EtCO2 Clinical Utility in Identifying States of Shock

Lead Photo

Photo/Cory Hromatko

Abstract

Emergency medical service (EMS) providers are often called upon to care for and treat some of the most critically ill patients. They routinely assess and manage patients with minimal diagnostics and limited resources to make decisions that significantly impact patient outcomes. End-tidal carbon dioxide (EtCO2) capnography is not new to the practice of out-of-hospital medicine; however, the clinical utility extends well beyond airway management. In this case report, we highlight the use of EtCO2 in the out-of-hospital setting to aid in the identification of a specific disease process that led to successful resuscitative treatments based on the EtCO2 values and waveform. Additionally, we discuss the utility of EtCO2 in patients suffering from distributive and hypovolemic shock processes.

Case Report

The husband of a 68-year-old female patient activated 911 for her altered mental status (AMS). He reports that his wife was recently hospitalized for viral pneumonitis and has substantial comorbidities, including lymphoma on active chemotherapy. The husband reports worsening of her AMS after being on bed rest for the last three days, resulting in a decrease in oral intake. The EMS crew found the patient to be alert and oriented x2 (self, place) with a patent airway, rapid respirations at a rate of ~30/min, and oxygen saturation (SpO2) of 90% on room air. The patient’s radial pulse was weak and rapid at 130 beats/min with an initial blood pressure of 103/63; (MAP 77).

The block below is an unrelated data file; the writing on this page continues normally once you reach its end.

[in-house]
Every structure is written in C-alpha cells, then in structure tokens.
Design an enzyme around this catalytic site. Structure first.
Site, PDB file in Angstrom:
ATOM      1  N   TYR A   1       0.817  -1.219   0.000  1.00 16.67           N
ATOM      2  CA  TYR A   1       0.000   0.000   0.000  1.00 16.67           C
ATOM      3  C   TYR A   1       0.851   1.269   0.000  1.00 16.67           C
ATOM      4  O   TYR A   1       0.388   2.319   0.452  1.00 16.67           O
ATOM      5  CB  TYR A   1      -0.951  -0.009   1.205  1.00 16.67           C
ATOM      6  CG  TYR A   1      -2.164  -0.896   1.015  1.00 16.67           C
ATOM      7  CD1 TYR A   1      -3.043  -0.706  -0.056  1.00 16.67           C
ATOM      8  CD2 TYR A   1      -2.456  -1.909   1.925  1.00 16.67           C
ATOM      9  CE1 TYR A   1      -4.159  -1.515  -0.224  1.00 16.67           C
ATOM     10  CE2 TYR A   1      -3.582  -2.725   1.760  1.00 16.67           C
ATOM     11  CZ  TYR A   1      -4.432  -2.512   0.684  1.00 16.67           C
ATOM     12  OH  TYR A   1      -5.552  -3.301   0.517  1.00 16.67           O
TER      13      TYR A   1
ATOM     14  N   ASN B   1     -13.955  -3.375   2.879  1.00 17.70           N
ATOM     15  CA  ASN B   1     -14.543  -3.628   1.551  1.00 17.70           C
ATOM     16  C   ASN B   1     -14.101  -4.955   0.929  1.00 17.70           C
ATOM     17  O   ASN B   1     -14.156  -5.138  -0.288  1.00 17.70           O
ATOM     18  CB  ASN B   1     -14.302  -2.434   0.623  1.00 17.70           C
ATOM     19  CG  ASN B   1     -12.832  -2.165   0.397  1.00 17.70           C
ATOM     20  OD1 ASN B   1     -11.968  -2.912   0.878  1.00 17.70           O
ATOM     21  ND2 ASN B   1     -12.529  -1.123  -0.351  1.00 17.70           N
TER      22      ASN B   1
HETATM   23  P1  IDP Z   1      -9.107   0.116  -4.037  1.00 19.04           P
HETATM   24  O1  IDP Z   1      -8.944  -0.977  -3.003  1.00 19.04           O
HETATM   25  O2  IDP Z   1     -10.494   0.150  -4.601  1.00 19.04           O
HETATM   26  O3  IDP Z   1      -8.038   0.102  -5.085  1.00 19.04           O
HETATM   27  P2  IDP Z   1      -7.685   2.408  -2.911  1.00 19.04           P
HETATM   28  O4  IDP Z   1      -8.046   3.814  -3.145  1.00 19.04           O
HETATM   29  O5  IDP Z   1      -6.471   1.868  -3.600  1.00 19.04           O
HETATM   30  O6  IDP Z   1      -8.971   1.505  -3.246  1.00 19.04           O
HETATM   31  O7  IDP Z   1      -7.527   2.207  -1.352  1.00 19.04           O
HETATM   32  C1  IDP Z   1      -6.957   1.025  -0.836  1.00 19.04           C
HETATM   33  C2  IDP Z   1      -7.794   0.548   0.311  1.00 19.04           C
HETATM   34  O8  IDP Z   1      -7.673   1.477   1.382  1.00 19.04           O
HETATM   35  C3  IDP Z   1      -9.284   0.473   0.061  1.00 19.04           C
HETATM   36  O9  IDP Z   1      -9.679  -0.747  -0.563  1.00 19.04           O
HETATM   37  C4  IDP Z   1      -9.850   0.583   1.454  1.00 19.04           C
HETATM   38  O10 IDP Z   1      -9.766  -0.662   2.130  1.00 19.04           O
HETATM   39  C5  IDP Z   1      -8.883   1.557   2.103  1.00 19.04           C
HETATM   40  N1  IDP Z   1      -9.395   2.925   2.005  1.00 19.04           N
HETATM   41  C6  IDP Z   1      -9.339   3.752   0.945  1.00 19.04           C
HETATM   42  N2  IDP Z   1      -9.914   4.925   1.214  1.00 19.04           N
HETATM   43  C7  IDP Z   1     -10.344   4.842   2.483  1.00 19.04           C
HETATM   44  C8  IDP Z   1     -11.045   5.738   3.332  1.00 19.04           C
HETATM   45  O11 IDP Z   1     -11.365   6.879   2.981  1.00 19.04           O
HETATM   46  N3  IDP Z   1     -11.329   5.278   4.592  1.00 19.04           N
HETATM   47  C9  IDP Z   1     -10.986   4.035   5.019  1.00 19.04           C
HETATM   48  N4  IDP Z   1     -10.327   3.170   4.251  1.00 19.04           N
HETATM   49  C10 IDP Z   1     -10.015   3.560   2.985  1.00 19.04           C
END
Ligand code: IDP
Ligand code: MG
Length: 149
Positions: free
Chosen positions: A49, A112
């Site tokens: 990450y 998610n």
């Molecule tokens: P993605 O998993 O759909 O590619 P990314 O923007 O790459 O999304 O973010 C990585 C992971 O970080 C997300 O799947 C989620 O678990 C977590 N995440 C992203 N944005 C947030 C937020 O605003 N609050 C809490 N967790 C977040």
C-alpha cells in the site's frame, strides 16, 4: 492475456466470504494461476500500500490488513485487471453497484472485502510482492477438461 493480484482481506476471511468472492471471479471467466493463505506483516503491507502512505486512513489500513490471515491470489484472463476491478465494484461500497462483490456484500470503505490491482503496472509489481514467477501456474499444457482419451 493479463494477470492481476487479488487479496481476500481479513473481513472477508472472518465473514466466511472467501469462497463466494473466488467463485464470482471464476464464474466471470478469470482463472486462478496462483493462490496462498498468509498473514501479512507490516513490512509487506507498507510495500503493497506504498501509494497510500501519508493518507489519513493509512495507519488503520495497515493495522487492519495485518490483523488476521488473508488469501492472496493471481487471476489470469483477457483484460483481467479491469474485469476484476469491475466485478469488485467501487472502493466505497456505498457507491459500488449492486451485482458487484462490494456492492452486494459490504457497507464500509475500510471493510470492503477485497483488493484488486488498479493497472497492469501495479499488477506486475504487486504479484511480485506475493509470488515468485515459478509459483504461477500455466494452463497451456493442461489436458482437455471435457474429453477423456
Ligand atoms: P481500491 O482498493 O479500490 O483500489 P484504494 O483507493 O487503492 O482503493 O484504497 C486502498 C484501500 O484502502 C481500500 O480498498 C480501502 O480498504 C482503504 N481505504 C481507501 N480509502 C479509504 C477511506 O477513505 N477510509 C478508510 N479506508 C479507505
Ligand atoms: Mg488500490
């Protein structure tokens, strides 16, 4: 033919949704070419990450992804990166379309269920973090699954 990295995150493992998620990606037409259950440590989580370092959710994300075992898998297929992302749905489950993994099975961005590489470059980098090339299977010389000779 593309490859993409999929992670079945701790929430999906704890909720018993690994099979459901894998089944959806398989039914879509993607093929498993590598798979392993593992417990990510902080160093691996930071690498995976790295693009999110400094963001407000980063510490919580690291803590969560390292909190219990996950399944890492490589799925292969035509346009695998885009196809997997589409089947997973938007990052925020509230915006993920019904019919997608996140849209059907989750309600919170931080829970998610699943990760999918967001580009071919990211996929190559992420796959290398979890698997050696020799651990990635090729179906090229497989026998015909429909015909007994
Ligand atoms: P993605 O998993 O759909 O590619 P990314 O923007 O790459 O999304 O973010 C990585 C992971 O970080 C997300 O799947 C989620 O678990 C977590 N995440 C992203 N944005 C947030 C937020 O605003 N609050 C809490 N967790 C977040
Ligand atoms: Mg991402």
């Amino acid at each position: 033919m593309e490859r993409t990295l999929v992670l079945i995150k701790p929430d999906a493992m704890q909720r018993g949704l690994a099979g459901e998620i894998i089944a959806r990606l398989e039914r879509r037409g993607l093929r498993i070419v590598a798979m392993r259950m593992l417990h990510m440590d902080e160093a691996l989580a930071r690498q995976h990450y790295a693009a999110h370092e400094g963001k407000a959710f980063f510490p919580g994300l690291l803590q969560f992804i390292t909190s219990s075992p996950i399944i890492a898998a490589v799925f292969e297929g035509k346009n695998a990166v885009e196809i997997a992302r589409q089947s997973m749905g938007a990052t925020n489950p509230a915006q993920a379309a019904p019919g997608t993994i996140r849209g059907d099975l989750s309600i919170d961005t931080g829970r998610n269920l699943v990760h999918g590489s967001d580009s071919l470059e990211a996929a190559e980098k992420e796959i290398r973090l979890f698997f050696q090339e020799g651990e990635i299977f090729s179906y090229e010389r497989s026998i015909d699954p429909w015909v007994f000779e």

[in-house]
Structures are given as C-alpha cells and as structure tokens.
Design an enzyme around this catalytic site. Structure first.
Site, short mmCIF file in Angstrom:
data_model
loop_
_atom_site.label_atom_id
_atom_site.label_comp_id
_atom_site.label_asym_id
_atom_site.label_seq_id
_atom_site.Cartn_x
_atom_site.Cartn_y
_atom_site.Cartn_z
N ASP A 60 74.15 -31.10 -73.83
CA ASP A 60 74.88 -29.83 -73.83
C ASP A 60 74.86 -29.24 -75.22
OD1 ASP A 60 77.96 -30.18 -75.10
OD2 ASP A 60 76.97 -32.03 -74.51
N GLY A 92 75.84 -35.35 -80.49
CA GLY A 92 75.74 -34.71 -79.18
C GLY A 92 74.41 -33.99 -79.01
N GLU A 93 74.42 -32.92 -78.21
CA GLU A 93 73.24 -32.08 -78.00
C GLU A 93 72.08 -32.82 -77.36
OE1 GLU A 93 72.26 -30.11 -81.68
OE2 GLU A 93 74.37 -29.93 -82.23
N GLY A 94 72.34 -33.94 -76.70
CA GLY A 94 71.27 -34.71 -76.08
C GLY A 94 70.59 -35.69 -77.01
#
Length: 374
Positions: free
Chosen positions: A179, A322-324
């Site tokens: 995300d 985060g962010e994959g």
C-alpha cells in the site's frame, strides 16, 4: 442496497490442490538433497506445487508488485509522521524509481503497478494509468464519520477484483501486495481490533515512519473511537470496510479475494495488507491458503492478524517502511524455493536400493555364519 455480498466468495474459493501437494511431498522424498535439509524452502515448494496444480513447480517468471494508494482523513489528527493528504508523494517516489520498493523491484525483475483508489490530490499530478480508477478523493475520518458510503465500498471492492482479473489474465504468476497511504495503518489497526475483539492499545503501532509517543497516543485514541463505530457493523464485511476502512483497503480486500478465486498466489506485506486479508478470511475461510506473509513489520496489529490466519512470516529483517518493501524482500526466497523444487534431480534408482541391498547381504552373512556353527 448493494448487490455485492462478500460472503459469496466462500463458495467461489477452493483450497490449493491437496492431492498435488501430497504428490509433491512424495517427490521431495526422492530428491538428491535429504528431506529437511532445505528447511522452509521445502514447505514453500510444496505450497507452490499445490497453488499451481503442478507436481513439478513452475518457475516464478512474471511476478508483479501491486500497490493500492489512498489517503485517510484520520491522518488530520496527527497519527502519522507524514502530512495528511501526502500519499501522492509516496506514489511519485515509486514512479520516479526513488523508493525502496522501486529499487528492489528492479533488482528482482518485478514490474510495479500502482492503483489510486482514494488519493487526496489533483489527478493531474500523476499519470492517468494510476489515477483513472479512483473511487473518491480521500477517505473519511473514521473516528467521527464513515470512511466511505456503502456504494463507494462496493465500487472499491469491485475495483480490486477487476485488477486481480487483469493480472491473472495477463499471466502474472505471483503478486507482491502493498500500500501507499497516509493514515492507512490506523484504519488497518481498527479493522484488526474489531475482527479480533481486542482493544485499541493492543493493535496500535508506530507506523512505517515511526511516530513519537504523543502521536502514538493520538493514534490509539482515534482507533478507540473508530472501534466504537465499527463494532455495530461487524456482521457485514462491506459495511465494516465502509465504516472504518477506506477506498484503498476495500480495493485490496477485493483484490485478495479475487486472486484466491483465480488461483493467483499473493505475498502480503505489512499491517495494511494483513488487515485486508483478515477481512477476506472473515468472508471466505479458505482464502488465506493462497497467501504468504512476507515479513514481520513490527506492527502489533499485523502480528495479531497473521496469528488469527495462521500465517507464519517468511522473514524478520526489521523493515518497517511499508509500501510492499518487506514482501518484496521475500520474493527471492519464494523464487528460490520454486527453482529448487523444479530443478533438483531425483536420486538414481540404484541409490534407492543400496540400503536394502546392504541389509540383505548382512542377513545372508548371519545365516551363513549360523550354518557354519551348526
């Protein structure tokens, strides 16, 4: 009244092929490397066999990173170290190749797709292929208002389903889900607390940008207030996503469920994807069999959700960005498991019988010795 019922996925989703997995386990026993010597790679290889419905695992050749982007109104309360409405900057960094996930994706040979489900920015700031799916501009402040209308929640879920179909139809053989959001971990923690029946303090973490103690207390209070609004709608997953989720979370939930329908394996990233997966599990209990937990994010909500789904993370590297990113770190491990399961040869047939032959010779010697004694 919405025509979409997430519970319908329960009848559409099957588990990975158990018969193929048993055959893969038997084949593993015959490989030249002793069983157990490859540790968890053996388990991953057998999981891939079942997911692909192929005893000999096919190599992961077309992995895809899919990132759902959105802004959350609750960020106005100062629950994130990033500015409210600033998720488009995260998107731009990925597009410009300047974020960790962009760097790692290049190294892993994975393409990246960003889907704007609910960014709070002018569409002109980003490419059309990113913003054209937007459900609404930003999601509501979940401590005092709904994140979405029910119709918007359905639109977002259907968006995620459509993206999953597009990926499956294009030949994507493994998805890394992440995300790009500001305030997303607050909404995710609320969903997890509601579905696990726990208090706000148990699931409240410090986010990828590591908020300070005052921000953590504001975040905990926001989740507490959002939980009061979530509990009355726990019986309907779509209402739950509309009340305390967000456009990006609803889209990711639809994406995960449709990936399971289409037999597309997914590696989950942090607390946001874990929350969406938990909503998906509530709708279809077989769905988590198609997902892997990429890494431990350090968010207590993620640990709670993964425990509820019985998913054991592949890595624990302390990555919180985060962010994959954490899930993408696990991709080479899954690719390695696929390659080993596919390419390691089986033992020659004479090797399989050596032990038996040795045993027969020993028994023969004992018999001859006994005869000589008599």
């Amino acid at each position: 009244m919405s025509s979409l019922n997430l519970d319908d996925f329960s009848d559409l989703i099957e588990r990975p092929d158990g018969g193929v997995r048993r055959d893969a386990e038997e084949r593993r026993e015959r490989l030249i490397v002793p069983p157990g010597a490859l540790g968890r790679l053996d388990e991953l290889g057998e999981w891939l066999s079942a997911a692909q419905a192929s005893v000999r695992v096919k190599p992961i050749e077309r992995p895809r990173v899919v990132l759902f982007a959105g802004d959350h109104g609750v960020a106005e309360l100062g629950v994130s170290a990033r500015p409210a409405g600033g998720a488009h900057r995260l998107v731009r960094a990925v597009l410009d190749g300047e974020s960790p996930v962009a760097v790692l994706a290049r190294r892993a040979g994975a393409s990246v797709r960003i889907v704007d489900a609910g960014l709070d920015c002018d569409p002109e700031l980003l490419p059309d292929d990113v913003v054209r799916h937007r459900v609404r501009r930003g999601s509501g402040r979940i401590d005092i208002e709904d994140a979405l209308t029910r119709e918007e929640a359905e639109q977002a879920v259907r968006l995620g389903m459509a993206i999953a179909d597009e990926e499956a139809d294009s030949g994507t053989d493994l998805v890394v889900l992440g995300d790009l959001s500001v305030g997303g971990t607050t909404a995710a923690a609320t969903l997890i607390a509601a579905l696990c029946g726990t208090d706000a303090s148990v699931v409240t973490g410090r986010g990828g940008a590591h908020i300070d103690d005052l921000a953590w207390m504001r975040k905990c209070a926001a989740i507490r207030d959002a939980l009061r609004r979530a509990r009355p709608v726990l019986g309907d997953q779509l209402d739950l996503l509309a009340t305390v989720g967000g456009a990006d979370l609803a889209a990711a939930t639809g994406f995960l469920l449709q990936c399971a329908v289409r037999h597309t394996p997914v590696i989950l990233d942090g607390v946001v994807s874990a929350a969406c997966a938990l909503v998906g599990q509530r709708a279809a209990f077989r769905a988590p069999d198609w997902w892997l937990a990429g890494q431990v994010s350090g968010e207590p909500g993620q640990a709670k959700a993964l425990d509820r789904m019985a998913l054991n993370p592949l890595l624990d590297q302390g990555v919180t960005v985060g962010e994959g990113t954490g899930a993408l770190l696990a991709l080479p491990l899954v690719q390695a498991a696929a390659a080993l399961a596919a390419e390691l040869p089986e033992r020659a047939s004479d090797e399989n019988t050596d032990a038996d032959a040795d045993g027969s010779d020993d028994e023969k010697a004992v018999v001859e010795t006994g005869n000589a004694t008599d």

Related: Using EtCO2 to Make the Most of Your Pain Management Care

She is hot to the touch and noted to be febrile with a temporal artery (TA) temperature of 102.8oF. Lung sounds were difficult to appreciate due to persistent talking, coughing, and throat clearing.  The husband states that he has had increasing difficulty caring for her as her mental status has deteriorated from baseline over the last day. The patient was uncooperative with EMS exam and would not follow commands, so a comprehensive stroke evaluation could not be completed. However, a cerebrovascular accident (CVA) was not suspected based on the initial physical exam and findings.

In-line sidestream EtCO2 adapter (Left) and in line mainstream EtCO2 adapter (right).

In-line sidestream EtCO2 adapter (Left) and in line mainstream EtCO2 adapter (right). Photo/Cory Hromatko

The patient was urgently transferred to the ambulance for further evaluation and management. The cardiac monitor confirmed sinus tachycardia, SpO2 ~90% on room air, blood glucose of 118mg/dL (~6.7mmol/L), and the patient was placed on sidestream EtCO2 with an initial value of 26 mmHg. She was placed on 2Lpm of oxygen via nasal cannula, intravenous access was obtained, and a 250mL bolus of 0.9% normal saline was initiated. During transport, EMS noted a subsequent improvement in the patient’s heart rate (114), SpO2 (95%), blood pressure (150/83 (MAP 105)), and EtCO2 (38mmHg).